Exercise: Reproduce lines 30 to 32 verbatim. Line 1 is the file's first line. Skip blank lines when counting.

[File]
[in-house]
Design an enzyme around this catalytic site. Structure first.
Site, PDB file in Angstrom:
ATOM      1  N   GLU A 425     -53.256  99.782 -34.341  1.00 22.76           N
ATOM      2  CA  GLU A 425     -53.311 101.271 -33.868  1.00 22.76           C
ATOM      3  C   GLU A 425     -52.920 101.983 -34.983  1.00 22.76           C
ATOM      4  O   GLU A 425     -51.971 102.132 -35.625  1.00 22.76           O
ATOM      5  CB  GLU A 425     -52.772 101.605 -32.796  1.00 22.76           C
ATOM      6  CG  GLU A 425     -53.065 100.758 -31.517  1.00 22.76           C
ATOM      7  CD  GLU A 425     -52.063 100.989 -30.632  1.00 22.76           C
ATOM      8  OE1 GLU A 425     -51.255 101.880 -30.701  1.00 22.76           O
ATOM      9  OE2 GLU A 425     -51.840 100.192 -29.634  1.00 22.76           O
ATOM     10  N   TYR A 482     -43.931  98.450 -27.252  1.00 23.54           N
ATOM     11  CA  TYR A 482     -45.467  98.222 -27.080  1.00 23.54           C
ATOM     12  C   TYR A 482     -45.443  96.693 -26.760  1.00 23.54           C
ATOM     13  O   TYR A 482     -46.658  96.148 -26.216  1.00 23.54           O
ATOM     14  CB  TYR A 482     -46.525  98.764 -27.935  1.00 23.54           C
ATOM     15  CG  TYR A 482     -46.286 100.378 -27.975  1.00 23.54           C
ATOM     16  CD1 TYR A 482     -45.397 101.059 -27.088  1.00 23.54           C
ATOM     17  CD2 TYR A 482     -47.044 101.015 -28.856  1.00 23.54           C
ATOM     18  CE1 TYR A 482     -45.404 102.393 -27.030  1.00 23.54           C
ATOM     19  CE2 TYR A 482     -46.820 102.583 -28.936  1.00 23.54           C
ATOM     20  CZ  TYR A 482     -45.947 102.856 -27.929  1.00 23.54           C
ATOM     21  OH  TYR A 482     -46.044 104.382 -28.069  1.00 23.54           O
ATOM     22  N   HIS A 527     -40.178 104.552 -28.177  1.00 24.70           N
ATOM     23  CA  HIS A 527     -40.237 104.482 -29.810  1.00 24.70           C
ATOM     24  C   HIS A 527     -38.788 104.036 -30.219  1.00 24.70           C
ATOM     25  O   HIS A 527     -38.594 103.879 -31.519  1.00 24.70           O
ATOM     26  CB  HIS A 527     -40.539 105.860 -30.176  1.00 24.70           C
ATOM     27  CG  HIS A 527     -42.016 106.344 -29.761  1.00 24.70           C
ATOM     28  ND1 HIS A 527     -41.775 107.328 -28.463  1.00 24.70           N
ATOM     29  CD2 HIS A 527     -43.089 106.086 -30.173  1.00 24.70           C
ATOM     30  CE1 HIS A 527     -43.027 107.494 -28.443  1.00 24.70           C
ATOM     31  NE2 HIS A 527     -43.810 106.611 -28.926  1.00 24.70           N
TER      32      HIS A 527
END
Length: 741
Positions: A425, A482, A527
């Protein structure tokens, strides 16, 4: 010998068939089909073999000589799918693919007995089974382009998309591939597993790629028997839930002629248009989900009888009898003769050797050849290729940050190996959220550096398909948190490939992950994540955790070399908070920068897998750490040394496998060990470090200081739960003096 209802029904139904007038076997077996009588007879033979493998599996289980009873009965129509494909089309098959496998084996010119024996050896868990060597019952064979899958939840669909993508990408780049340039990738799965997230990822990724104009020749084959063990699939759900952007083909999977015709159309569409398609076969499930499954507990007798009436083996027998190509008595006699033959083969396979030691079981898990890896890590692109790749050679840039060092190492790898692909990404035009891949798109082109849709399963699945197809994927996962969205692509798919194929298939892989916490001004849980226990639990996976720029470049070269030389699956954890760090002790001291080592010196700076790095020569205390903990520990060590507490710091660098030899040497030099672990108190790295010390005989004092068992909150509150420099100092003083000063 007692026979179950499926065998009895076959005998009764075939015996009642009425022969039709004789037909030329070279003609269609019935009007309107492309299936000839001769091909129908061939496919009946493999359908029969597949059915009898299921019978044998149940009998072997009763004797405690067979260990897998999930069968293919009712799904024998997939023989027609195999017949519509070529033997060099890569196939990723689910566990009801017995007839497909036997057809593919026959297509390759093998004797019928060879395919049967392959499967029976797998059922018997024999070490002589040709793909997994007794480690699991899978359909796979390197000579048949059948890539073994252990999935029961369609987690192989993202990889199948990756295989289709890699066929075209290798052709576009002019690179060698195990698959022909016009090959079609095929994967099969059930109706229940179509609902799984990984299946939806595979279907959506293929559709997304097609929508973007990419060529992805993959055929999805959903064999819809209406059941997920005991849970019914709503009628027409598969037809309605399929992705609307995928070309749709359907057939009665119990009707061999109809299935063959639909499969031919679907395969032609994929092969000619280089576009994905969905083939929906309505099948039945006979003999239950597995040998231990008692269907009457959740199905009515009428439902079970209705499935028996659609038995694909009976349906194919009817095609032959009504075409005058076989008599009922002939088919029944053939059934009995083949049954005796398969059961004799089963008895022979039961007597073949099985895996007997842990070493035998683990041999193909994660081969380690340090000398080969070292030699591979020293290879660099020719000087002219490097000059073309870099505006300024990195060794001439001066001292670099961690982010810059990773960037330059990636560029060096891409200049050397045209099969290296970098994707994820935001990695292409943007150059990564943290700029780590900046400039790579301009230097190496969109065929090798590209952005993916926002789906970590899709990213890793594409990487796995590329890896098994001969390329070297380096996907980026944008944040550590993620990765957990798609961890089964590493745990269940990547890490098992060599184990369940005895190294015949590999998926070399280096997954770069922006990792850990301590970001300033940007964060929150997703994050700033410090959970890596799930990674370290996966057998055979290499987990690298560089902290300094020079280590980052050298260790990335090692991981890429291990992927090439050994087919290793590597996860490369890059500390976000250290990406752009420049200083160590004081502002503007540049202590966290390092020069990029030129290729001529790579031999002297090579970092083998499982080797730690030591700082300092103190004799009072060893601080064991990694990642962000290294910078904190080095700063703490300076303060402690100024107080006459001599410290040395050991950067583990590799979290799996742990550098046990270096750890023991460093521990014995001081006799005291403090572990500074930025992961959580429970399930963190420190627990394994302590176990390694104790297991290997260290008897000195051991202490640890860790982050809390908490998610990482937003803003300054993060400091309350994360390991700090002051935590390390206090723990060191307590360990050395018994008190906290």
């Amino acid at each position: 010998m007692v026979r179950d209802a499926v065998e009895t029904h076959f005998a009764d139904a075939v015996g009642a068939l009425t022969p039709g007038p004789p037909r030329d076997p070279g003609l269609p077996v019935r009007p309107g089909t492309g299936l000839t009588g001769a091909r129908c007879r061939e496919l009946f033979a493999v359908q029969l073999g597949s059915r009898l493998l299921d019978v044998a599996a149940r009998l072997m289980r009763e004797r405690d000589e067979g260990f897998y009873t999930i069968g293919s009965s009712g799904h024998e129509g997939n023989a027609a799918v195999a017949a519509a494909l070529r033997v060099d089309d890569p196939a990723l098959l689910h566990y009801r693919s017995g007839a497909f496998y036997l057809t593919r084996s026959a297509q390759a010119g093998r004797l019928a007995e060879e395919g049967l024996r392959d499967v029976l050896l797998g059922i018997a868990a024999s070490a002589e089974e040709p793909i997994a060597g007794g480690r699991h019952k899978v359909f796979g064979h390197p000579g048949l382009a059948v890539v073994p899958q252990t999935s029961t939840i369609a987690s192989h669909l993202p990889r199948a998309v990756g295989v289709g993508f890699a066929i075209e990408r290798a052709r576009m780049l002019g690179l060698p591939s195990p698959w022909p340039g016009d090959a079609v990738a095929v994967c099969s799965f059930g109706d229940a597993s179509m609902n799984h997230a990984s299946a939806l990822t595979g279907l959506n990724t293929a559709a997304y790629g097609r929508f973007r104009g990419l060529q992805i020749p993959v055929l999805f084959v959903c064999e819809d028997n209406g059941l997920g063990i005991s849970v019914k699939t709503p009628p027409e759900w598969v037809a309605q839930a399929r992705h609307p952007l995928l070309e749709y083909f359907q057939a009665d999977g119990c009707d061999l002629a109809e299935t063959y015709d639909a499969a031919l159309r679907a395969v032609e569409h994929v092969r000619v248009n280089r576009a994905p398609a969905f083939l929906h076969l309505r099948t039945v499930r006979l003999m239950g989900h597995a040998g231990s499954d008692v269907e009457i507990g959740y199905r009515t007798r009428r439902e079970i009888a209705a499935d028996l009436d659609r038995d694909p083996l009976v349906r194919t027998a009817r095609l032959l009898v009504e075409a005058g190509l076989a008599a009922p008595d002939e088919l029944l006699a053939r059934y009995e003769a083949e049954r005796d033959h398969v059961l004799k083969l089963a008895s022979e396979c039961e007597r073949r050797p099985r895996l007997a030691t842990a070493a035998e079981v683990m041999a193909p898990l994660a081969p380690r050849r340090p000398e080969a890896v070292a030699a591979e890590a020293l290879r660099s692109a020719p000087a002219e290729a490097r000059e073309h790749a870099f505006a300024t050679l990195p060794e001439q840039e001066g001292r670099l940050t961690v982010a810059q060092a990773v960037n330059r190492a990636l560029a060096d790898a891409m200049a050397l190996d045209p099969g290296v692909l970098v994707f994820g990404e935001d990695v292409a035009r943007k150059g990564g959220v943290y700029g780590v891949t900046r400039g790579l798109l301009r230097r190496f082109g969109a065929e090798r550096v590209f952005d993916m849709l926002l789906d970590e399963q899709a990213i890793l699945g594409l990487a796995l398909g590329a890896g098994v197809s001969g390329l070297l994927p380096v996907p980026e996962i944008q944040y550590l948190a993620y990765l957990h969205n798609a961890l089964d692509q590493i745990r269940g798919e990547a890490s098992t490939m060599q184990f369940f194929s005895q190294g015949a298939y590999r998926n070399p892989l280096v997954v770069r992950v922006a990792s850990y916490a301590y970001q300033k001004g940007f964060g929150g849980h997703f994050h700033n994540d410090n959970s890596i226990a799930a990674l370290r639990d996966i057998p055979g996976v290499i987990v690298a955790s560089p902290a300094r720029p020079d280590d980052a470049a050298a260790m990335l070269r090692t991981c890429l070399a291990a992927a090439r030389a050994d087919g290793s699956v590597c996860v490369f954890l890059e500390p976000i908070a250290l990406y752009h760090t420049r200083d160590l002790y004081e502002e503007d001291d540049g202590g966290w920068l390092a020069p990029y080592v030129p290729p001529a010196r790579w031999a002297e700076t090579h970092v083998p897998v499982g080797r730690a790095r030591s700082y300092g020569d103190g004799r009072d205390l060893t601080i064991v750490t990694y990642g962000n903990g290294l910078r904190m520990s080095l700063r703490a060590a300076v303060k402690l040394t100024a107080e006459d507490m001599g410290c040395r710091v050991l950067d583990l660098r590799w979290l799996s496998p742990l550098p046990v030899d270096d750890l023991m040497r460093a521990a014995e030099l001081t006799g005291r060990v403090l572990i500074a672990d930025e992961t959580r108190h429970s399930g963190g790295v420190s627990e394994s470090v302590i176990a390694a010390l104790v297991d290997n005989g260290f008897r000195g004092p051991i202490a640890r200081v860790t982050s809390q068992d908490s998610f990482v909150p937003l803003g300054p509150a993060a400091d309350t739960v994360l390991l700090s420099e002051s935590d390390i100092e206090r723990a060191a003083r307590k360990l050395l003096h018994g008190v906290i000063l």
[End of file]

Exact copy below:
ATOM     27  CG  HIS A 527     -42.016 106.344 -29.761  1.00 24.70           C
ATOM     28  ND1 HIS A 527     -41.775 107.328 -28.463  1.00 24.70           N
ATOM     29  CD2 HIS A 527     -43.089 106.086 -30.173  1.00 24.70           C